— The History of the Life of the Late Mr. Jonathan Wild the Great • Henry Fielding

... completely under seven times, being stripped, of course, even when the water is of almost icy coldness. The shaman, then stooping down, makes a small hole in the ground with his finger, drops into it the fatal black bead, and buries it out of sight with a stamp of his foot. This ends the ceremony, which ...
— The Sacred Formulas of the Cherokees • James Mooney

... "The dreadful sight of Pan and the still more dreadful noise he made, so frightened the sheep that they fled in all directions. But Glaucon was not afraid at all, because Pan was the god of shepherds, and was bound to grant any ...
— The Story Girl • Lucy Maud Montgomery

... cottage. For some time the farmers up the valley had been missing sheep. What so easy now as to suspect the two women who were never known to buy either bread or butcher's meat? You can guess! A rabble marched up from the town and broke in upon them. It found nothing, of course; and I am told that at sight of the face of the poor elder sister it fled back in panic, ...
— The Westcotes • Arthur Thomas Quiller-Couch

... Chief sat silent. Suddenly he said, "Hiss!" and rose to his feet. Taking a long rifle from the ground he adjusted its sight. Exactly seven miles away on the slope of the mountain the figure of a man was seen walking. The Boy Chief raised the rifle to his unerring eye and fired. The ...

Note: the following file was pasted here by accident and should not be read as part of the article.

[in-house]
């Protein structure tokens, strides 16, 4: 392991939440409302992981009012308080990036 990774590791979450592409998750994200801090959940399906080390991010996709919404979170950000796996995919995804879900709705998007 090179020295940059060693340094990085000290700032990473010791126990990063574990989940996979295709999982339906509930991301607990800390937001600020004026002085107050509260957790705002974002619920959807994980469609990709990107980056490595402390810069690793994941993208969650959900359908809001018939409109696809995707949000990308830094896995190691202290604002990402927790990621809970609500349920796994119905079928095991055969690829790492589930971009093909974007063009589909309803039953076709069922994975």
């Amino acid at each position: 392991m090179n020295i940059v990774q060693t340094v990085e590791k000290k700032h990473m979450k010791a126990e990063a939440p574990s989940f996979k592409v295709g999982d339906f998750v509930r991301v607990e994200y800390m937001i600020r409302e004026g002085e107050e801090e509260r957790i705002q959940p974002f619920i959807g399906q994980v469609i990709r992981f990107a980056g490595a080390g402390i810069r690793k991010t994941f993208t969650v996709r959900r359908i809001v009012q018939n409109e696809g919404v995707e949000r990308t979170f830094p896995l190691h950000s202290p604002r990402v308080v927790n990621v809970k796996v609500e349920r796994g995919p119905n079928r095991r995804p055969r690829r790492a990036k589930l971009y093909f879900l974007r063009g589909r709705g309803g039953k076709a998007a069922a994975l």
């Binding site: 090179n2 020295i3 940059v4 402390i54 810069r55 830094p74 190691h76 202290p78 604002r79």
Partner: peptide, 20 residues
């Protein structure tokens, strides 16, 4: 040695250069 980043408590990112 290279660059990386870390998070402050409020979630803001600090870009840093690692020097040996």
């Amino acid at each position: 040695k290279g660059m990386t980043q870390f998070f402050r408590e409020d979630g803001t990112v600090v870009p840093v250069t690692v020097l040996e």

— The Luck of Roaring Camp and Other Tales • Bret Harte

... horse's neck. He paused for a moment and looked round him at the masses of black stones with which the sides of the mountain were covered, and then began resolutely to ascend. He had hardly gone four steps when he heard the sound of voices around him, although not another creature was in sight. ...
— The Arabian Nights Entertainments • Andrew Lang.

... came direct to the Avenue de Villiers. Ten o'clock was striking. As he had a key of a little door opening on the Rue Cardinet, he went up unhindered. In the drawing room upstairs Zoe, who was polishing the bronzes, stood dumfounded at sight of him, and not knowing how to stop him, she began with much circumlocution, informing him that M. Venot, looking utterly beside himself, had been searching for him since yesterday and that he had already come twice to beg her to send Monsieur to his house if Monsieur arrived at Madame's ...
— Nana, The Miller's Daughter, Captain Burle, Death of Olivier Becaille • Emile Zola